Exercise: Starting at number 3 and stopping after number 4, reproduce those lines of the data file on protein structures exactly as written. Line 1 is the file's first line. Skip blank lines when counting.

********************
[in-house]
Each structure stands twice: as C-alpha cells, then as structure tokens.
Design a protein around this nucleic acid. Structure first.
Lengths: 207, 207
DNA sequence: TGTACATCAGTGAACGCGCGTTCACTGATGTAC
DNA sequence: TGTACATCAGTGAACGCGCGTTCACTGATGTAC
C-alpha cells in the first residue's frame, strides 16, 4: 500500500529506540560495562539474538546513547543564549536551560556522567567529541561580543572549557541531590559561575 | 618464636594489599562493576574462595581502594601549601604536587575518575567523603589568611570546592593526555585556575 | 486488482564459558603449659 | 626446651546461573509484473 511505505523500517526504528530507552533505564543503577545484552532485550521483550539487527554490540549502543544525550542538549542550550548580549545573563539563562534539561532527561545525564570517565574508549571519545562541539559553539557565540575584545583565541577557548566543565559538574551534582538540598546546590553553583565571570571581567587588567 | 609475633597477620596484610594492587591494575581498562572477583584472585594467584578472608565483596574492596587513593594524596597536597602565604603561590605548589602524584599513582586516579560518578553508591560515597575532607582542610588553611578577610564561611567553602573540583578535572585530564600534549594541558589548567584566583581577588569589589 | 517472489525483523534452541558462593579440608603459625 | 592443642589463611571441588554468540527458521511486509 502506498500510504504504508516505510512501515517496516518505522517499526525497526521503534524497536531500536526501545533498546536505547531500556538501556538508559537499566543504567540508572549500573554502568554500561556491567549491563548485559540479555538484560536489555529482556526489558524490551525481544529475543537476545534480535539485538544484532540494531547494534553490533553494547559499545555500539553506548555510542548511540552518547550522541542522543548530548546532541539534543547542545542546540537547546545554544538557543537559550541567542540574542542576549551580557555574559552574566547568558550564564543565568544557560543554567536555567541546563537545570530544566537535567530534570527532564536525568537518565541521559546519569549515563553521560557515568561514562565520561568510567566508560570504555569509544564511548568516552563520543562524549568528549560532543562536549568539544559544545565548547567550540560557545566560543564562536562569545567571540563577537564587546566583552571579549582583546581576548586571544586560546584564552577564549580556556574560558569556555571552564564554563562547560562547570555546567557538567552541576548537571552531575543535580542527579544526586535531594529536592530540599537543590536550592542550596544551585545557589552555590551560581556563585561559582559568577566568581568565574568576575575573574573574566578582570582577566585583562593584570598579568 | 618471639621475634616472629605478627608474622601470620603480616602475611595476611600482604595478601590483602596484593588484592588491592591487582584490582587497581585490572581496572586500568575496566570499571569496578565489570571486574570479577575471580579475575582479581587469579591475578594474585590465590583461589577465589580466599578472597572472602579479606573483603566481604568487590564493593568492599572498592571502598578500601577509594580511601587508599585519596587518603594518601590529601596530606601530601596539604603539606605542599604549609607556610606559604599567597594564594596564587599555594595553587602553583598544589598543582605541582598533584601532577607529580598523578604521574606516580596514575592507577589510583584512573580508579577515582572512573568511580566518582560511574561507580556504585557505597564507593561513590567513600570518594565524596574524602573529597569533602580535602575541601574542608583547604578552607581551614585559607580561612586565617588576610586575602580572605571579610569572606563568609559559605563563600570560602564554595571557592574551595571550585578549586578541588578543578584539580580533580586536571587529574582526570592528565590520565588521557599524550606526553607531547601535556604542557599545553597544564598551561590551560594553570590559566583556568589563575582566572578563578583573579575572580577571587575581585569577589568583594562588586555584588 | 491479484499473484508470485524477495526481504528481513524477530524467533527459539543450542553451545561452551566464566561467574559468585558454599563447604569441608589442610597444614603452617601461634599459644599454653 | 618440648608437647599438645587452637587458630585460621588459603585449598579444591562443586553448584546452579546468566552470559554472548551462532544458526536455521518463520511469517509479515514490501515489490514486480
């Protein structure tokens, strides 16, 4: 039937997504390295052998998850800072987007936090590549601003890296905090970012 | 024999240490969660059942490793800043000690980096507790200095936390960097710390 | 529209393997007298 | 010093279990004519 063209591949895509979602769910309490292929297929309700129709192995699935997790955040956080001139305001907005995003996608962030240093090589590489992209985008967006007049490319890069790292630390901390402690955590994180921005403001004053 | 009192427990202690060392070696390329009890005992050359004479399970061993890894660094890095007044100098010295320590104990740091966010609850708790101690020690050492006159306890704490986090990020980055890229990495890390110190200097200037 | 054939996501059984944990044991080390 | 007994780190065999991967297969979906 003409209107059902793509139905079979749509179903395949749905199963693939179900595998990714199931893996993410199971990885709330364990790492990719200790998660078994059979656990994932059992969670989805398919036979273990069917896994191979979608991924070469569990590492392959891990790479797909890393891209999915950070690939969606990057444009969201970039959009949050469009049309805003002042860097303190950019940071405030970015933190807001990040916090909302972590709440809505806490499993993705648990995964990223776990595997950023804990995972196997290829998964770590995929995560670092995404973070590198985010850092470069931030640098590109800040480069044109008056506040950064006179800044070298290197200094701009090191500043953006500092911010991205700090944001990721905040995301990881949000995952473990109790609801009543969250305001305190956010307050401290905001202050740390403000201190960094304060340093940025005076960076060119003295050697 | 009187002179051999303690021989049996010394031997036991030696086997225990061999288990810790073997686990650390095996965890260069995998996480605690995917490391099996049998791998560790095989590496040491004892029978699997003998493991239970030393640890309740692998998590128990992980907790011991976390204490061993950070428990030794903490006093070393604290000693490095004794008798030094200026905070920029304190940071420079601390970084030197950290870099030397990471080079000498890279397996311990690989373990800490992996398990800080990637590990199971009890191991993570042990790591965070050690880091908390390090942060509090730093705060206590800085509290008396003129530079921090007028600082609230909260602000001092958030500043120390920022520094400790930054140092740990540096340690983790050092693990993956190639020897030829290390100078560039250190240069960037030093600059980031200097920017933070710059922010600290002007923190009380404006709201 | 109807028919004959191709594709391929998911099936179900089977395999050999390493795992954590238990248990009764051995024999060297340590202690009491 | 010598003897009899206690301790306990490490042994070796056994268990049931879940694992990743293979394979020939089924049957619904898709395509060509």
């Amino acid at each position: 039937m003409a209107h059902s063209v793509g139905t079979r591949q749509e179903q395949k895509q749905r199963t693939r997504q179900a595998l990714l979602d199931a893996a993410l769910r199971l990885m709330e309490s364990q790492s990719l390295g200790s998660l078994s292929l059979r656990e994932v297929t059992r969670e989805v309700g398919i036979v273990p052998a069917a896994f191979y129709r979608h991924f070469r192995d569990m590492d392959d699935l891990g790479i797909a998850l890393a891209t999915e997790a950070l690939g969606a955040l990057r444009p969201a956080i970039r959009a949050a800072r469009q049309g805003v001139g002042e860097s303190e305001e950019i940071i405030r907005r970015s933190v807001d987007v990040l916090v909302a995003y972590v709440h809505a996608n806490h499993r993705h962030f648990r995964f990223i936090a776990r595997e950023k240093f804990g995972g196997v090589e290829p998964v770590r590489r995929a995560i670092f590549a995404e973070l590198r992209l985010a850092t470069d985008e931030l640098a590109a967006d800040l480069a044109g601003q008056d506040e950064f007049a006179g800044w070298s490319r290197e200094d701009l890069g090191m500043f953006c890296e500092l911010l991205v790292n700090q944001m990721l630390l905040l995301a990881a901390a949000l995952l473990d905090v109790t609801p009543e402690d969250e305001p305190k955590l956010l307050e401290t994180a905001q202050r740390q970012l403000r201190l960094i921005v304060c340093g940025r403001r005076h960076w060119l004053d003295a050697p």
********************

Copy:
Design a protein around this nucleic acid. Structure first.
Lengths: 207, 207